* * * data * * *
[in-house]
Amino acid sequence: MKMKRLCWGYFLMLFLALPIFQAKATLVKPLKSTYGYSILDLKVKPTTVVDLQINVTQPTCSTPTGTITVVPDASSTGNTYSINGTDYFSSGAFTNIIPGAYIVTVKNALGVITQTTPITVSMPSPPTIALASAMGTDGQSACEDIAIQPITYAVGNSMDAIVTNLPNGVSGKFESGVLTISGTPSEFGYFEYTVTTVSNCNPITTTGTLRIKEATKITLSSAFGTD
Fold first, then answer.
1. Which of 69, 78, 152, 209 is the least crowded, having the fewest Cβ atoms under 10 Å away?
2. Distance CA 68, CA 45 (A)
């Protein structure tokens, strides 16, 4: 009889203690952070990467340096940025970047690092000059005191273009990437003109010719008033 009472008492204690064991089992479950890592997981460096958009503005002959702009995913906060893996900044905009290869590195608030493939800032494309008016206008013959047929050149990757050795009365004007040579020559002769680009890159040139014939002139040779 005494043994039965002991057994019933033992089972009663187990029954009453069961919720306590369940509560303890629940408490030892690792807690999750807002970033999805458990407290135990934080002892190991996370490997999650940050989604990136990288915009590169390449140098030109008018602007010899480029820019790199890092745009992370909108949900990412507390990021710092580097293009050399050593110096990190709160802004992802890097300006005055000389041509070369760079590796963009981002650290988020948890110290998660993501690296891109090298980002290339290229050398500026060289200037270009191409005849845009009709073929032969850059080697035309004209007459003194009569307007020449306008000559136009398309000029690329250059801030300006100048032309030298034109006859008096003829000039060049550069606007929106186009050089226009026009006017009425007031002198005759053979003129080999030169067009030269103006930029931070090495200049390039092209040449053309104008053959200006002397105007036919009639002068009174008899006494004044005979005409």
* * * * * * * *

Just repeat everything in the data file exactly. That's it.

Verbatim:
[in-house]
Amino acid sequence: MKMKRLCWGYFLMLFLALPIFQAKATLVKPLKSTYGYSILDLKVKPTTVVDLQINVTQPTCSTPTGTITVVPDASSTGNTYSINGTDYFSSGAFTNIIPGAYIVTVKNALGVITQTTPITVSMPSPPTIALASAMGTDGQSACEDIAIQPITYAVGNSMDAIVTNLPNGVSGKFESGVLTISGTPSEFGYFEYTVTTVSNCNPITTTGTLRIKEATKITLSSAFGTD
Fold first, then answer.
1. Which of 69, 78, 152, 209 is the least crowded, having the fewest Cβ atoms under 10 Å away?
2. Distance CA 68, CA 45 (A)
């Protein structure tokens, strides 16, 4: 009889203690952070990467340096940025970047690092000059005191273009990437003109010719008033 009472008492204690064991089992479950890592997981460096958009503005002959702009995913906060893996900044905009290869590195608030493939800032494309008016206008013959047929050149990757050795009365004007040579020559002769680009890159040139014939002139040779 005494043994039965002991057994019933033992089972009663187990029954009453069961919720306590369940509560303890629940408490030892690792807690999750807002970033999805458990407290135990934080002892190991996370490997999650940050989604990136990288915009590169390449140098030109008018602007010899480029820019790199890092745009992370909108949900990412507390990021710092580097293009050399050593110096990190709160802004992802890097300006005055000389041509070369760079590796963009981002650290988020948890110290998660993501690296891109090298980002290339290229050398500026060289200037270009191409005849845009009709073929032969850059080697035309004209007459003194009569307007020449306008000559136009398309000029690329250059801030300006100048032309030298034109006859008096003829000039060049550069606007929106186009050089226009026009006017009425007031002198005759053979003129080999030169067009030269103006930029931070090495200049390039092209040449053309104008053959200006002397105007036919009639002068009174008899006494004044005979005409």